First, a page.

“We have a lot of season left, is how I try to look at it,” Panik said. “That’s all you can ask for. The way this team’s been playing, we have a shot to make a run.”
As Panik spoke with reporters, Nick Hundley — getting the start in place of Posey — chastised Panik for not wearing the “Belt the Ballot” t-shirts worn by almost every Giant in the clubhouse, including the barefoot Brandon Belt, a candidate for the Final Vote to determine the last man on the National League All-Star roster.
Belt said on Monday that there’s a little extra juice since he’s competing with Los Angeles Dodgers utility man Max Muncy, who has 20 home runs and will participate in the Home Run Derby. If any city can help him get over the hump — as he did in 2016 — it’s tech-savvy San Francisco, he said.
Closer Hunter Strickland, who punched a clubhouse door and broke his hand after a June 18 blown save, got pins taken out of his right fifth metacarpal on Tuesday. He will begin rehab activities soon.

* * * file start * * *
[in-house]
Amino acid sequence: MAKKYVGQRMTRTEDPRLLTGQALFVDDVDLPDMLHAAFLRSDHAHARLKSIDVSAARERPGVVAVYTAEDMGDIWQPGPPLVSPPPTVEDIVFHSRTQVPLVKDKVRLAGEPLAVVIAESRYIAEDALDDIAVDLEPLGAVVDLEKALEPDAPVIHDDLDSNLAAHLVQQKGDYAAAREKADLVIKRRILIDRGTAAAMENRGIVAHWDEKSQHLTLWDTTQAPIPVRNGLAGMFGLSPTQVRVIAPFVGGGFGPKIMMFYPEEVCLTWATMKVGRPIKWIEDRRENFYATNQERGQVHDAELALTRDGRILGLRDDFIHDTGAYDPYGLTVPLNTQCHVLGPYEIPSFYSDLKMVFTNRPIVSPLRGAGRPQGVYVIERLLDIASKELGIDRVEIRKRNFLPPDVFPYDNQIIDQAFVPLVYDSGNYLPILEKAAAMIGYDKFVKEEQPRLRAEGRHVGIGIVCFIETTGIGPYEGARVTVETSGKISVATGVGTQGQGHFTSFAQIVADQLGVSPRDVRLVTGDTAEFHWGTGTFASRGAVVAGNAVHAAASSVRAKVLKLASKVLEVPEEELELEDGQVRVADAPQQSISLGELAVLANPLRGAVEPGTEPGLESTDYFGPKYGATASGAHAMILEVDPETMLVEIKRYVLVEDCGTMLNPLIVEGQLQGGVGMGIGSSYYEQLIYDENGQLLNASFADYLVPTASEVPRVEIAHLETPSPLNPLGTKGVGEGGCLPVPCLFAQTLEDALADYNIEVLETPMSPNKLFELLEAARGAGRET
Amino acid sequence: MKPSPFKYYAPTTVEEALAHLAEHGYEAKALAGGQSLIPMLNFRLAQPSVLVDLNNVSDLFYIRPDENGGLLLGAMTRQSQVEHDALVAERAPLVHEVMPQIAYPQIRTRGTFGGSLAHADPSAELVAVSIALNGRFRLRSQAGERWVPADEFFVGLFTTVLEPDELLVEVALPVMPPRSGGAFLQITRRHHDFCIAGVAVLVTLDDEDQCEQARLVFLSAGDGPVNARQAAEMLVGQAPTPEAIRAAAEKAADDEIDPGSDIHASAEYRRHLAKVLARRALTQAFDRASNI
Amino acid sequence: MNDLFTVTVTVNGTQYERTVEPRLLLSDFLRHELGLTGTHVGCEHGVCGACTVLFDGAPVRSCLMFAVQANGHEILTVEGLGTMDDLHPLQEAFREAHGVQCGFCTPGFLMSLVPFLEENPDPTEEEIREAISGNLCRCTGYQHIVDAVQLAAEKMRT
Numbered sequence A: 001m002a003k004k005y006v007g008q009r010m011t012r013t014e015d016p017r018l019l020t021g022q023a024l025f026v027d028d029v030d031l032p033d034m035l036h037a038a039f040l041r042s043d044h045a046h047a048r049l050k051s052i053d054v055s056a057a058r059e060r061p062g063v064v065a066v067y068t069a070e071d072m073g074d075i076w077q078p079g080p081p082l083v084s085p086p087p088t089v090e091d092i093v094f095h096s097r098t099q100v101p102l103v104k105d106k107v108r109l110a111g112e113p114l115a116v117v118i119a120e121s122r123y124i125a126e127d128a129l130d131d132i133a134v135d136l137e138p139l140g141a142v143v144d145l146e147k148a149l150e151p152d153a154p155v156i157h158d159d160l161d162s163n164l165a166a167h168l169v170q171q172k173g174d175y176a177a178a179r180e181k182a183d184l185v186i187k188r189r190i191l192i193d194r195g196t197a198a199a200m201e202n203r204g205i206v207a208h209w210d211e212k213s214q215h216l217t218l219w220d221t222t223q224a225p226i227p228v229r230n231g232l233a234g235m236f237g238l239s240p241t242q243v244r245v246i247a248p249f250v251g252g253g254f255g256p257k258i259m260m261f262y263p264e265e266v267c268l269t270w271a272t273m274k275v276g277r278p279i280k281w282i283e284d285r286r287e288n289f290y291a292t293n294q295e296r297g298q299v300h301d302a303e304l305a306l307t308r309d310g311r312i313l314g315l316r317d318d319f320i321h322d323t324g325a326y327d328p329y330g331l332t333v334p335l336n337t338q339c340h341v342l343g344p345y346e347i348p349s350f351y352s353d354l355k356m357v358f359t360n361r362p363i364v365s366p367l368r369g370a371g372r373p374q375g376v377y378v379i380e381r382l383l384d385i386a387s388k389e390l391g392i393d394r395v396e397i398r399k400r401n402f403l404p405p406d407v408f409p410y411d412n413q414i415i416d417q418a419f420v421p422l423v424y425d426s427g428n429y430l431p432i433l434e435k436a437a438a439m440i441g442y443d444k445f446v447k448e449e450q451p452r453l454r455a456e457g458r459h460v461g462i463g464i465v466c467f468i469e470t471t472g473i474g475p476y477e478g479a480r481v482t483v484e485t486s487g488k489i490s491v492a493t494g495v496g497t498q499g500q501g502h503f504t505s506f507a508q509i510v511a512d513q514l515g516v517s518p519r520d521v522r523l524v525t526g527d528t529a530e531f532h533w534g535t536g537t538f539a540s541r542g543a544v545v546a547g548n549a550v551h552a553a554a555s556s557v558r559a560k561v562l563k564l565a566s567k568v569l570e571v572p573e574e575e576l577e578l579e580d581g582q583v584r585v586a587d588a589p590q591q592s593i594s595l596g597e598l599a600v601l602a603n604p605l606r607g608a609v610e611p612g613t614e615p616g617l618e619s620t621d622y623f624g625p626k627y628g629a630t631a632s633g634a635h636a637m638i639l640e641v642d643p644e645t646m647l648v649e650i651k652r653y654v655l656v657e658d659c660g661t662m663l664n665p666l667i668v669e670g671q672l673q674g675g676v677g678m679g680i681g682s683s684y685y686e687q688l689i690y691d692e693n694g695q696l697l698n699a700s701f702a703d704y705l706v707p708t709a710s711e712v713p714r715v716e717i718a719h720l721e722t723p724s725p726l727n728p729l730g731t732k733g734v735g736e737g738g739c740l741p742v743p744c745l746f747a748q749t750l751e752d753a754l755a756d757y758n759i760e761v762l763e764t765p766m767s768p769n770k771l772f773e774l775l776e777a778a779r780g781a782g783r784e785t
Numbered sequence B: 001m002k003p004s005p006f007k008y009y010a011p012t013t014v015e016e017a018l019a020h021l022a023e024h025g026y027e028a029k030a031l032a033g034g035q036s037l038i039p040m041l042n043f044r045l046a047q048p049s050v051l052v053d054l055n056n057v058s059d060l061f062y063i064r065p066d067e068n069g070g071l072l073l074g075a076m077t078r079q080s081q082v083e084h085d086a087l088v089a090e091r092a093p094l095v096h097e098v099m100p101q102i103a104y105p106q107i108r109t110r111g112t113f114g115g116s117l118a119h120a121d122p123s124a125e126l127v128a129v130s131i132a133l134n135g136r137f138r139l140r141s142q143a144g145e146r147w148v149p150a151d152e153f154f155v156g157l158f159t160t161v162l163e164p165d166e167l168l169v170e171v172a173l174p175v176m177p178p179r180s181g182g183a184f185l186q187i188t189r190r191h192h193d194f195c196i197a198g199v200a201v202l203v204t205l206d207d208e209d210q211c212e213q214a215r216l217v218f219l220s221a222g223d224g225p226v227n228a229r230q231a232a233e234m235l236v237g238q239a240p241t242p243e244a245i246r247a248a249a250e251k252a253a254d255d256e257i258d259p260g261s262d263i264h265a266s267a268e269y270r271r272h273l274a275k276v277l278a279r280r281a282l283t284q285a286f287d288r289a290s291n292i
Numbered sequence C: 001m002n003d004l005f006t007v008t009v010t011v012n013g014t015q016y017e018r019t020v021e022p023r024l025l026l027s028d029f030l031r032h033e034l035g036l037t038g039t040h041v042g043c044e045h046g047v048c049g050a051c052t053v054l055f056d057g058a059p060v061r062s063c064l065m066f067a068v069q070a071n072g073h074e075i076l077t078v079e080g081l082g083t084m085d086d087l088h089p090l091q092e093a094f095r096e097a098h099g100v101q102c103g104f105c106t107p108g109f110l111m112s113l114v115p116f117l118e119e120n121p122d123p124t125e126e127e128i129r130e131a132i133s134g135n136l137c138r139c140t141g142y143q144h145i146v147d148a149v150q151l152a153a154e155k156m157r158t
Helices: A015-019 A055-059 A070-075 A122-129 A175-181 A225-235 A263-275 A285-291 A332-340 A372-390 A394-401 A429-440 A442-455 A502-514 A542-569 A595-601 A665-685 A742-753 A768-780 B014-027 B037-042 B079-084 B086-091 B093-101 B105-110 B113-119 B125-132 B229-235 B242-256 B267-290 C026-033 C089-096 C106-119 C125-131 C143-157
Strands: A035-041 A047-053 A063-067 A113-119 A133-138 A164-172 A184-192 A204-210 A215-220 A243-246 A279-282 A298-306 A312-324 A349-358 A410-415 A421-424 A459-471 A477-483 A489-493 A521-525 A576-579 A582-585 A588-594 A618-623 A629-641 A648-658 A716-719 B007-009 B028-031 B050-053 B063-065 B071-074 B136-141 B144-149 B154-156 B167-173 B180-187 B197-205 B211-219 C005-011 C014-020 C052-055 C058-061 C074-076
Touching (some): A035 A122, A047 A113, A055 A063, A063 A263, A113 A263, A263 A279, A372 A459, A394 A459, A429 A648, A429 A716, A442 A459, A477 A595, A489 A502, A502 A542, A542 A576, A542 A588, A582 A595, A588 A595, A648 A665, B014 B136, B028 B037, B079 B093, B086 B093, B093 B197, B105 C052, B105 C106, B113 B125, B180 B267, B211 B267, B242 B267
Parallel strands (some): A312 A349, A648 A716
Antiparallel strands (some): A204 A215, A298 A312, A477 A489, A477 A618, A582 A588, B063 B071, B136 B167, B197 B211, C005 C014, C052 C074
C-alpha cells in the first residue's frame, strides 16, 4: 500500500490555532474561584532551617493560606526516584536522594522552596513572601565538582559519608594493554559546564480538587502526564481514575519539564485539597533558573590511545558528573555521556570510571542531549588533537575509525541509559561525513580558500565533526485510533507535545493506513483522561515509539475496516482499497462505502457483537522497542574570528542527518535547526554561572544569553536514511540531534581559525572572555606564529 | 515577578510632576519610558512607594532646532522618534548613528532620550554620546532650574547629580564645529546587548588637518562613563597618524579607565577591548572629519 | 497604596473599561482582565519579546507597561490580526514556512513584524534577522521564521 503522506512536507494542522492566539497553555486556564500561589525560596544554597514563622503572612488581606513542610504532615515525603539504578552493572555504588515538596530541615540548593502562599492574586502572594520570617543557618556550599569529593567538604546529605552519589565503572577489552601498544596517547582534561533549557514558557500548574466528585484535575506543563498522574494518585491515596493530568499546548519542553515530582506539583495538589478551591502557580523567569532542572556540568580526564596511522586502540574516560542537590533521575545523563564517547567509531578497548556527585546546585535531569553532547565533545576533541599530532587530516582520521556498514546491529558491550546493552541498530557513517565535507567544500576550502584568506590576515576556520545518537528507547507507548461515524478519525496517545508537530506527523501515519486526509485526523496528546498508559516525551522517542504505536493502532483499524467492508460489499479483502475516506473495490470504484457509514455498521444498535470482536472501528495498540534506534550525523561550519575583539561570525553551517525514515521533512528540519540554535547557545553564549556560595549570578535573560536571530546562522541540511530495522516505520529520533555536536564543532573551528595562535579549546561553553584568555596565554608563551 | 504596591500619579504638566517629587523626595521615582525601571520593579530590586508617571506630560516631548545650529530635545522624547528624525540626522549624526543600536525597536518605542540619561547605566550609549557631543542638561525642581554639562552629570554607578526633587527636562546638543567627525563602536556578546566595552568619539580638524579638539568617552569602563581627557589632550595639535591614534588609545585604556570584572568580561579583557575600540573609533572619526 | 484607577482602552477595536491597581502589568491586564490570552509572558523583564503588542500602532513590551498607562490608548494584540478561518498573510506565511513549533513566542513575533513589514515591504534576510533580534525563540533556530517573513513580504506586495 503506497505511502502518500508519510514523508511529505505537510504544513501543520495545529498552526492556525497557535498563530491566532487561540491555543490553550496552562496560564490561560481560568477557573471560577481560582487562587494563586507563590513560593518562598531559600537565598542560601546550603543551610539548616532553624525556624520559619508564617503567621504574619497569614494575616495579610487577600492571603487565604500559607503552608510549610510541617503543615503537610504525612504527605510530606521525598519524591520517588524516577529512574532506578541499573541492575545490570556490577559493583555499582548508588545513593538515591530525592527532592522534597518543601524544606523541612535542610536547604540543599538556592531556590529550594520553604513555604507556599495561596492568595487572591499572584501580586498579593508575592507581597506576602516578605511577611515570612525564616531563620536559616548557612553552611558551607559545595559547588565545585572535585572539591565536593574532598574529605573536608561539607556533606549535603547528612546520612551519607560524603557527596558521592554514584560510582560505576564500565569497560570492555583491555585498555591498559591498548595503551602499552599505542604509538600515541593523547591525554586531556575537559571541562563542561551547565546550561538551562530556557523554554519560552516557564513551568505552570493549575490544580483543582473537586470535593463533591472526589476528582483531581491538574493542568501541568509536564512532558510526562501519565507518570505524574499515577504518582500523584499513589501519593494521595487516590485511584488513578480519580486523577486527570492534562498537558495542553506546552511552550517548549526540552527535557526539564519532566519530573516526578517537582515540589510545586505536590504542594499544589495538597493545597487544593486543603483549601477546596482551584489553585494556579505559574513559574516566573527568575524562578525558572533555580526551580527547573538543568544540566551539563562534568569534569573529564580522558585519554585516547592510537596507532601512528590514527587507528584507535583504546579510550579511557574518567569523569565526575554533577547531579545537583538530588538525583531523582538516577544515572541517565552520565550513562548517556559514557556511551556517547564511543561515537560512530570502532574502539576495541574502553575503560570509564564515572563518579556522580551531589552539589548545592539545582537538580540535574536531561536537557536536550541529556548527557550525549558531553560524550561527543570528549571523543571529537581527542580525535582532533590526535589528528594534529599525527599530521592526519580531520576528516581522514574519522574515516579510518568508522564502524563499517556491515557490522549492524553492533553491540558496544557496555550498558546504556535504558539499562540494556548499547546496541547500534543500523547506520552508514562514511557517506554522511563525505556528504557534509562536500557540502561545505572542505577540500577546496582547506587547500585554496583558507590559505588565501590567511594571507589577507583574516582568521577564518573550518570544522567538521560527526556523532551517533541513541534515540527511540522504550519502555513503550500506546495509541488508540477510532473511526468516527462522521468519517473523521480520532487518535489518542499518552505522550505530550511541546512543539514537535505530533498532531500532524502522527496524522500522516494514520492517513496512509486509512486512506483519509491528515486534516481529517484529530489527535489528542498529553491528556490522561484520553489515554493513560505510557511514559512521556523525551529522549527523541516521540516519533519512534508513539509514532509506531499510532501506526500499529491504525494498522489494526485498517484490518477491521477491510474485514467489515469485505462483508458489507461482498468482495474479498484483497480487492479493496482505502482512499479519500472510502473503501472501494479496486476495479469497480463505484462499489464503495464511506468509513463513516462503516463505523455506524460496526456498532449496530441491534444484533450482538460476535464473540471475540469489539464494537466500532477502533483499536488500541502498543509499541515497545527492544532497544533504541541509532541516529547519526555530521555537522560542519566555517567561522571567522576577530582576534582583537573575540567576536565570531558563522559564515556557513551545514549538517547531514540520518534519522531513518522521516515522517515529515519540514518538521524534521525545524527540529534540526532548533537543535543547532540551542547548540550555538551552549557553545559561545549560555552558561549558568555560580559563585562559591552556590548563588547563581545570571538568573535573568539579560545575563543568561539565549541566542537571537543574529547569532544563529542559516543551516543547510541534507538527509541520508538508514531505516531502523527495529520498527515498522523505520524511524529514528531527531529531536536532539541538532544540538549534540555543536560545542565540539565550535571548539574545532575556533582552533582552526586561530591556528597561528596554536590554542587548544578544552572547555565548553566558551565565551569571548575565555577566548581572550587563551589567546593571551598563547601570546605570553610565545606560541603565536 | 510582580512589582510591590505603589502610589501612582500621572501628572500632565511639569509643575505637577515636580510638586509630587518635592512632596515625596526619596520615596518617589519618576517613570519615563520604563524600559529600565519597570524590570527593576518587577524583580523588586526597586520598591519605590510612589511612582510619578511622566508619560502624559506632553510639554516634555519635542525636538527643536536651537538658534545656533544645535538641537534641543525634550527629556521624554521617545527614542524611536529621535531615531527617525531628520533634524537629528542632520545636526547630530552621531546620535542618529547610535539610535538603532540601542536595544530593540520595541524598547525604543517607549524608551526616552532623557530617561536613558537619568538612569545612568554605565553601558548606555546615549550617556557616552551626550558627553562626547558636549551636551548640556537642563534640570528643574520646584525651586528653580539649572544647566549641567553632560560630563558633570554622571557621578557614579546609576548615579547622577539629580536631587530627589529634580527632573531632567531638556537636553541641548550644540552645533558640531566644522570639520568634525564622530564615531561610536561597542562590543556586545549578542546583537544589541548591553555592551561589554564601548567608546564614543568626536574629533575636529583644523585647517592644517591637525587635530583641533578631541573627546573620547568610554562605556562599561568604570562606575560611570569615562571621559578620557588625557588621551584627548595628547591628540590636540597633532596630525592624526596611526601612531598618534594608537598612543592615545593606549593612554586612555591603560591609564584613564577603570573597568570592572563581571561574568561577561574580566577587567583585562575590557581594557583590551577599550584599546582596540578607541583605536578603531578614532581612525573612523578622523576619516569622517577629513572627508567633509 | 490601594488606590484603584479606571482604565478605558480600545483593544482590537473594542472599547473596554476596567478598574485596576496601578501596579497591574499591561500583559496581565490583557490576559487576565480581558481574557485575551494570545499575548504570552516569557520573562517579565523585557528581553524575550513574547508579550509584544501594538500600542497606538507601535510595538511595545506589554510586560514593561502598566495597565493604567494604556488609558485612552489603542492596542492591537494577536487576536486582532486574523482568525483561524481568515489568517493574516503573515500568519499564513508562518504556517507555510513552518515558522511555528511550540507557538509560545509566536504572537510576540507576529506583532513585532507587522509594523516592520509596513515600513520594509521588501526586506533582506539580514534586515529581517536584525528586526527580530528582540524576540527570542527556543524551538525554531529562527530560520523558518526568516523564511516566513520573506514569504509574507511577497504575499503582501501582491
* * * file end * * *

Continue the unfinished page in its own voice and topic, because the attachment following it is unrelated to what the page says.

With Strickland’s move to the 60-day disabled list, he’s projected to come back about the middle of August.
“I think he’ll be right in that area,” Bochy said.
As he did on Monday, third baseman Evan Longoria again took grounders at third as he recovers from his broken left (glove) hand.
“He’s really coming along very well,” Bochy said.
Longoria told the Examiner on Monday that he’s going to be back very close to his projected return date, if not earlier. He was projected to miss 6-8 weeks after being hit in the hand by a Dan Straily pitch on June 14, but he’ll likely come back closer to the six-week mark.